How various levels of social distancing can decrease the spread of COVID-19

Understanding the math behind social distancing.

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  • Proper social distancing includes staying 6ft (2m) away from other people, avoiding all non-essential gatherings or crowds, and working from home if possible.
  • During the COVID-19 incubation period of 5 days, each infected person can infect 2.5 more people.
  • Using this math, it's easy to determine how many people will go on to be infected after the initial person contracted COVID-19 using various levels of social distancing (0%, 50% and 75% examples are found in this article).
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Edward Snowden warns 'bio-surveillance' may outlast coronavirus

Amid the panic of the COVID-19 pandemic, are we building the surveillance states of tomorrow?

  • Edward Snowden is a former CIA contractor who exposed NSA mass surveillance programs.
  • In a recent interview, Snowden expressed concern over the ways in which governments are using technology to track the spread of the virus.
  • These new tracking measures may someday be repurposed to advance governments' mass surveillance programs, Snowden warned.

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Attempting to track COVID-19 with smart rings for responders

Medical researchers put a ring on it to learn more about the onset of COVID-19.

Oura
  • Smart rings are being tested on San Francisco ER workers to track symptoms of COVID-19.
  • The rings, designed by a company called Oura, detect heart rate, temperature, and respiration.
  • The researchers hope to build a diagnostic algorithm from the collected data.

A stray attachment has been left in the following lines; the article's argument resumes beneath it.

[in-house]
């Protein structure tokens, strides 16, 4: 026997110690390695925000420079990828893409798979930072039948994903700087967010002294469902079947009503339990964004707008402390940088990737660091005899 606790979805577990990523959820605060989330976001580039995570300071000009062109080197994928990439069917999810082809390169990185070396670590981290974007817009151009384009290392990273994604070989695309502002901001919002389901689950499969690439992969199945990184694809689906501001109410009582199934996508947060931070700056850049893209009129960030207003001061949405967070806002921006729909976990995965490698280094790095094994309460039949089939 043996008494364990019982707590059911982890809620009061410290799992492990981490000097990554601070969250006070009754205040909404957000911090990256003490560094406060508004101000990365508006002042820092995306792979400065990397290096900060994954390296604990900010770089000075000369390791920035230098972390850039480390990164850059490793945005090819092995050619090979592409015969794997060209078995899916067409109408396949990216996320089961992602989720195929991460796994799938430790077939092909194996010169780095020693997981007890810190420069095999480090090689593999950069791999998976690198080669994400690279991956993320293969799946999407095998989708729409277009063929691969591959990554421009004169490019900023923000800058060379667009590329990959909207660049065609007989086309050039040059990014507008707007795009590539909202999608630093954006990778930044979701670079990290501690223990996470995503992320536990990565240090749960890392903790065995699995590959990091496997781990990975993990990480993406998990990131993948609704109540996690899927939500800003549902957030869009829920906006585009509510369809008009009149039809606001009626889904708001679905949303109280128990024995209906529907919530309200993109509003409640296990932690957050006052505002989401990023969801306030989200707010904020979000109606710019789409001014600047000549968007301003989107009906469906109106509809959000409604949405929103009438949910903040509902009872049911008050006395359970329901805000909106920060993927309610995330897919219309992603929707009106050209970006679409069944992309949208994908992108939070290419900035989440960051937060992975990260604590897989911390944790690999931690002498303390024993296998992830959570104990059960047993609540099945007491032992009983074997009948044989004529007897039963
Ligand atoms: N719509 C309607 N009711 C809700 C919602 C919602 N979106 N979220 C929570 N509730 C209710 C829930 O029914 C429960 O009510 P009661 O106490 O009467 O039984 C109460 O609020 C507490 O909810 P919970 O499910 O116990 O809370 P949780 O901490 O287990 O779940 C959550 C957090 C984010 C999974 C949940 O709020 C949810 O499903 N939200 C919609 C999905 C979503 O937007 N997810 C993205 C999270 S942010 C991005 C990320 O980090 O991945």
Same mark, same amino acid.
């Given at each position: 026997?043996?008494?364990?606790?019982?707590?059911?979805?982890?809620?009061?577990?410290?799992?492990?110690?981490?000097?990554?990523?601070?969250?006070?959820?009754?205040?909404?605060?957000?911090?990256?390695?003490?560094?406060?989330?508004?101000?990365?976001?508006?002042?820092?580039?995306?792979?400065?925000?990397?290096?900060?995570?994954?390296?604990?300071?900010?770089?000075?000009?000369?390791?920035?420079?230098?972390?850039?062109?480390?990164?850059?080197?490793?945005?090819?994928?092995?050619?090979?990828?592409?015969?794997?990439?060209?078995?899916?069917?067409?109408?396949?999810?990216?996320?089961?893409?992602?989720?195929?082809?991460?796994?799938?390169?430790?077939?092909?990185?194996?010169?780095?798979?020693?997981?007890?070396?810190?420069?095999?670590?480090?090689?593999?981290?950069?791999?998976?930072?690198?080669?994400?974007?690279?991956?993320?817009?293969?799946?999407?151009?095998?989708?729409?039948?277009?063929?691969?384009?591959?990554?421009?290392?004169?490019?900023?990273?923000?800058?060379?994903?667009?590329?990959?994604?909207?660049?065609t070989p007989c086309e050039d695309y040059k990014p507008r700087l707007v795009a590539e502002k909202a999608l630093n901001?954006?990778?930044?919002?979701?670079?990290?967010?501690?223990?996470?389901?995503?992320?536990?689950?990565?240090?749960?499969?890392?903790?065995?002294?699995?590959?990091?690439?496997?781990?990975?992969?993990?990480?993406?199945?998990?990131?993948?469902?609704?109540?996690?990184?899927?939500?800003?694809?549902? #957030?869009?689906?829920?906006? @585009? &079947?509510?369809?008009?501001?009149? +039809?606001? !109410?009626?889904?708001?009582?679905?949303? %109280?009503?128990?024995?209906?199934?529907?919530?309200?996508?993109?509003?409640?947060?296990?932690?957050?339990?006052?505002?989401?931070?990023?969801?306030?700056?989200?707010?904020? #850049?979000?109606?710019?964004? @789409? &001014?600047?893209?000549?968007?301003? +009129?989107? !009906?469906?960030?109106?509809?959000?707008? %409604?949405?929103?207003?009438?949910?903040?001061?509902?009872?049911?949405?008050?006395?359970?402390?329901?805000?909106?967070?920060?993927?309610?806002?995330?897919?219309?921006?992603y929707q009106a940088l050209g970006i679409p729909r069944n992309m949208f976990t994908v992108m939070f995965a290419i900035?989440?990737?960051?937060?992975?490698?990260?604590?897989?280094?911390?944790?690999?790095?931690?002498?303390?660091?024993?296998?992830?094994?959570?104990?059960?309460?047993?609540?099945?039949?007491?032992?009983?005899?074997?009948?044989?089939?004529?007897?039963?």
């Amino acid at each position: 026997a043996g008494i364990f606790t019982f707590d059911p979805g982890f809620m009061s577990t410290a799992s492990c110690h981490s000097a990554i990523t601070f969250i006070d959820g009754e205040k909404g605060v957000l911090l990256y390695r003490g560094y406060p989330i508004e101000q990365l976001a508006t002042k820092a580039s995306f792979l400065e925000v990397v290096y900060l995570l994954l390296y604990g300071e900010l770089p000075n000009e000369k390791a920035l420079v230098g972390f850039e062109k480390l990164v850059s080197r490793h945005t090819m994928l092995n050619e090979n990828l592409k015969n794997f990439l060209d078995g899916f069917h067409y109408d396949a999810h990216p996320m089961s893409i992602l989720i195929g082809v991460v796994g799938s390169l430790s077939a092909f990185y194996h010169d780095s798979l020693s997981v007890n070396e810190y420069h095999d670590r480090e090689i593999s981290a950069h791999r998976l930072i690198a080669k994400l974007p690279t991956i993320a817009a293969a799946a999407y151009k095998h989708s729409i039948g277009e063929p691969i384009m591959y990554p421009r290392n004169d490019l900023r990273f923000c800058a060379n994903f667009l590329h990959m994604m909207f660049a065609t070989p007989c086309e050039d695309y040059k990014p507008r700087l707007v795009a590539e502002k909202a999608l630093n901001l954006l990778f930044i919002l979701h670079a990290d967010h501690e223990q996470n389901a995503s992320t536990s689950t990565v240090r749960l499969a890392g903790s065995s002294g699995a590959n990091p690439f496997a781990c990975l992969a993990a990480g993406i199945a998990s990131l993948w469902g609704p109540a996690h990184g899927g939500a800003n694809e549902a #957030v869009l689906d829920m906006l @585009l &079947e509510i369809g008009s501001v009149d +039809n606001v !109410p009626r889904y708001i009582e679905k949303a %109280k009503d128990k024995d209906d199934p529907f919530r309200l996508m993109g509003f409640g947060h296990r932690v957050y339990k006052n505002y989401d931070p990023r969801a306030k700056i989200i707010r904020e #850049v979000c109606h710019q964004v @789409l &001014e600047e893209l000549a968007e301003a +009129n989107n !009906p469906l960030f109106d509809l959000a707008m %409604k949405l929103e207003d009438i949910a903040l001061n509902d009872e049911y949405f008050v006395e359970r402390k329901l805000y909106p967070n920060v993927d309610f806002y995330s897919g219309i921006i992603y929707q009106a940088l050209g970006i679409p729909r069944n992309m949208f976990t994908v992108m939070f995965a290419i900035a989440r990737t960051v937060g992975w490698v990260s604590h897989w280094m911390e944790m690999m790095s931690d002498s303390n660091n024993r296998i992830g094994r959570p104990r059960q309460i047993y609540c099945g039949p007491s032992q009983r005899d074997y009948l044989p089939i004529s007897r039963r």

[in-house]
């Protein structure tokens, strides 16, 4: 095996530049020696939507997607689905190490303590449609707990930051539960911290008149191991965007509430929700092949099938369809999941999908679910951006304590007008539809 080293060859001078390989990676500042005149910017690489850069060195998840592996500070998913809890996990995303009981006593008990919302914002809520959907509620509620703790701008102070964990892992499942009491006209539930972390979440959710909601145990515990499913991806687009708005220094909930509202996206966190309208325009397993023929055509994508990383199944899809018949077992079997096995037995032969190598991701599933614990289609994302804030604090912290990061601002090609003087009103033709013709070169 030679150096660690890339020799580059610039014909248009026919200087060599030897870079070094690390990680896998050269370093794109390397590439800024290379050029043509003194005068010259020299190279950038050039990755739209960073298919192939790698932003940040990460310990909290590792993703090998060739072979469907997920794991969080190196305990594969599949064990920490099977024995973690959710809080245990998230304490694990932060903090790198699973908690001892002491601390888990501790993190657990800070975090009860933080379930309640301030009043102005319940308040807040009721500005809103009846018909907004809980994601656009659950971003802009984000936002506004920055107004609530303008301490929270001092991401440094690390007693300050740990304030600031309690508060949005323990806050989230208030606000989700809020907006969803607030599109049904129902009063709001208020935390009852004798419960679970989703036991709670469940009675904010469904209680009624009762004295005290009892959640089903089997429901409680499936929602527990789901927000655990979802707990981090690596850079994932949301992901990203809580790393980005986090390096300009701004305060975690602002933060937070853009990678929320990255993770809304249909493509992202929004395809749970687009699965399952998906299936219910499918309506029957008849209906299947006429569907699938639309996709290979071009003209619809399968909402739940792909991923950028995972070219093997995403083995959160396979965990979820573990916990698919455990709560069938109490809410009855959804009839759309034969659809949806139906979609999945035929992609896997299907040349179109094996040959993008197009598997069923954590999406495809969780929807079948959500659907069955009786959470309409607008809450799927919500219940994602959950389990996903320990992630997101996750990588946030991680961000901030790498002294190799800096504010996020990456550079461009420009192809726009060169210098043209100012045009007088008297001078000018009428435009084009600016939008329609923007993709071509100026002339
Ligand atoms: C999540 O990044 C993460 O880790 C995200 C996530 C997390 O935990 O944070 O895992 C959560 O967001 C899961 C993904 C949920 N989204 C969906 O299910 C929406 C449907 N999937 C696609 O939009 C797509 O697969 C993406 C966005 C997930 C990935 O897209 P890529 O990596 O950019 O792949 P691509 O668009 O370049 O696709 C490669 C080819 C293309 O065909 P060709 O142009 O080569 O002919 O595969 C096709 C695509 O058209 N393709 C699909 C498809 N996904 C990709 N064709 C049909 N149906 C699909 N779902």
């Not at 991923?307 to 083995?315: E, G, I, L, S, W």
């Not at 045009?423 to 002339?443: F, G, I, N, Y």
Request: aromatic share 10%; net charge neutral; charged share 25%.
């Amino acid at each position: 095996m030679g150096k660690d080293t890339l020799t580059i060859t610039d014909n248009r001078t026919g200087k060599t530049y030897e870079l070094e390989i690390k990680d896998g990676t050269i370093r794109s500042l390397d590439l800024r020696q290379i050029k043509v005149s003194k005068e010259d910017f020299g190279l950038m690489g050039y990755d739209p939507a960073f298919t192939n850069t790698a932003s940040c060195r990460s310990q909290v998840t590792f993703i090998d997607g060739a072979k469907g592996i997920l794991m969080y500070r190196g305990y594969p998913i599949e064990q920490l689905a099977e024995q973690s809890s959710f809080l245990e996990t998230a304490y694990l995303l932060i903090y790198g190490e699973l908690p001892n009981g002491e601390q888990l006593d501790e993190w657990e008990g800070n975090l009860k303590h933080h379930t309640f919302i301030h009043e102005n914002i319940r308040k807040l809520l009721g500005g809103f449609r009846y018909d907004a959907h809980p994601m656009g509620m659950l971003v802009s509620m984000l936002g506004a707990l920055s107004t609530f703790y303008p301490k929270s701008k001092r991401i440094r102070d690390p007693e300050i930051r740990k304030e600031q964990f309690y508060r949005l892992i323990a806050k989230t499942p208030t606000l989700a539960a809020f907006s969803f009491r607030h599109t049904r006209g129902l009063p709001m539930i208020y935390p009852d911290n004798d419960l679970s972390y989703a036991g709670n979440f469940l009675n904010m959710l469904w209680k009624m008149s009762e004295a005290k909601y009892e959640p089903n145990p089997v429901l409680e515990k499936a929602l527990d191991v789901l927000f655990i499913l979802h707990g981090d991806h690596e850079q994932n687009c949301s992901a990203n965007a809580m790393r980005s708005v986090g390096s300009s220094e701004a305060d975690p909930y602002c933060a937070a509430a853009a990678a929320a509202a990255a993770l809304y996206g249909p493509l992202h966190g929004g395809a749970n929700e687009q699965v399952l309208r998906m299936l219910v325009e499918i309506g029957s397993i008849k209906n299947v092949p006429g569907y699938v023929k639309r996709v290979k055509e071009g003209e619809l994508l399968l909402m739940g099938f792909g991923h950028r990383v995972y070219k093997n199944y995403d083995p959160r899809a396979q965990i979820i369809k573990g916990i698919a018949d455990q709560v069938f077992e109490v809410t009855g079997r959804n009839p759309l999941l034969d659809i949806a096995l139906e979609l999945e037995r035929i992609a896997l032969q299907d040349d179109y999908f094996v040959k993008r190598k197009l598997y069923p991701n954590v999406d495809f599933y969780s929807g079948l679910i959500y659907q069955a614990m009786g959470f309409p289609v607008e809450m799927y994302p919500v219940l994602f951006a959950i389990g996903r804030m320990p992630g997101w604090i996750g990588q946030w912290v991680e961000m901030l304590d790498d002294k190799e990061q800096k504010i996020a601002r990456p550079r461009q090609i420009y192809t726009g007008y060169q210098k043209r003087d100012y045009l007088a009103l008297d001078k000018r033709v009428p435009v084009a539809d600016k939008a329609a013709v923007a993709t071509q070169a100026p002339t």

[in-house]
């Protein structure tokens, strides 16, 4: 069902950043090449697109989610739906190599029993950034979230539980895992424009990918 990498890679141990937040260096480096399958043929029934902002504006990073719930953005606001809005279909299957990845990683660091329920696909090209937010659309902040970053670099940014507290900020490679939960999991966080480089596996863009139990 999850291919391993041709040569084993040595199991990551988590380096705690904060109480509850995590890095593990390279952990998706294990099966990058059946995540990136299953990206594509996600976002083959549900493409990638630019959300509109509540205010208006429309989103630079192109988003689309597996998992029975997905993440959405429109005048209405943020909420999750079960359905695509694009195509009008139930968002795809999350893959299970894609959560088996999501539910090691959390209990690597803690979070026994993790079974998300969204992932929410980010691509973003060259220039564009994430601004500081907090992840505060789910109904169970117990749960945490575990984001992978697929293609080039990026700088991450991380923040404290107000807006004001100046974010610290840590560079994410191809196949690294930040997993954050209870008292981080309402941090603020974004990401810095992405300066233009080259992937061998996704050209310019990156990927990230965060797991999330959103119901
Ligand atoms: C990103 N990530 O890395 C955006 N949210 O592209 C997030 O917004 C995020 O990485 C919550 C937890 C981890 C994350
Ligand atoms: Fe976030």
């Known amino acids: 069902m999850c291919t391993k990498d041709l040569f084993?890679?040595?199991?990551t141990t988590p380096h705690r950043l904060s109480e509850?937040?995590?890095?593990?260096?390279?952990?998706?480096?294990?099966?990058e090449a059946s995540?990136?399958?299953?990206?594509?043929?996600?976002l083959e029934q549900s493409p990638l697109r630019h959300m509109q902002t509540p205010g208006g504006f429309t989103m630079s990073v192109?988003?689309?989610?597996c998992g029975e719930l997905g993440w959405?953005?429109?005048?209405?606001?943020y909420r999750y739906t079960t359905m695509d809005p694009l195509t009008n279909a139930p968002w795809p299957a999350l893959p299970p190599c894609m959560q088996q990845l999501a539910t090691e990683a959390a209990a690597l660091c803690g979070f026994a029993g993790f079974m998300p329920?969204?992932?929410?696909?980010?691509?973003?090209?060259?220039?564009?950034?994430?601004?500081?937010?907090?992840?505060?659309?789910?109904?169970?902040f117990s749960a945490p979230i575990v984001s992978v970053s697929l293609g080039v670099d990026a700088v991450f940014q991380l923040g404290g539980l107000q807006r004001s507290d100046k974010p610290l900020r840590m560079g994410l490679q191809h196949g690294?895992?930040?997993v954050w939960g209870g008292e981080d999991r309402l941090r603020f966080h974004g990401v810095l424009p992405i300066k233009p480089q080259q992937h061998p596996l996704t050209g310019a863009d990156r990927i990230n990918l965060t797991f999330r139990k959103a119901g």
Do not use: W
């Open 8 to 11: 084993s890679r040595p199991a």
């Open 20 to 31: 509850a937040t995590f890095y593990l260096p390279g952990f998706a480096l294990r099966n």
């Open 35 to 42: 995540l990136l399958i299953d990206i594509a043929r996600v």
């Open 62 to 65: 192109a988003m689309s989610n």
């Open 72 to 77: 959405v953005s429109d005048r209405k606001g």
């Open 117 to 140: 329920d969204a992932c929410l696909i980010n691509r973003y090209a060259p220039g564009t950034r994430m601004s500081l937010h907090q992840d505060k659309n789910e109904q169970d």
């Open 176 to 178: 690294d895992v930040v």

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    Who should get coronavirus treatments first? Doctors face ethical dilemmas

    Facing a shortage of medical resources, doctors in the U.S. may have to make difficult moral decisions over how to allocate care.

    • The U.S. likely doesn't have enough ICU beds or ventilators to effectively manage an influx of COVID-19 patients.
    • Italy has been dealing with a shortage of medical resources for weeks. Doctors there have been trying to prioritize care based on who's most likely to benefit.
    • Doctors in the U.S. will likely take a similar utilitarian approach, if resources become scarce.

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    This epidemiologist predicted the coronavirus pandemic 14 years ago

    Lawrence "Larry" Brilliant, an American epidemiologist who helped eradicate smallpox, warned about the inevitability of a global pandemic in a now-famous 2006 TED Talk.


    Paul Zimmerman
    / Getty
    • Lawrence "Larry" Brilliant is an American epidemiologist who's worked for the United Nations, Google and the World Health Organization.
    • In addition to warning the public about the threat of pandemics in 2006, Brilliant also served as a consultant for the 2011 film "Contagion".
    • Brilliant says he's "firmly confident" that the steps the U.S. is currently taking will help to flatten the curve, and provide scientists with more time to develop a vaccine or prophylactic.

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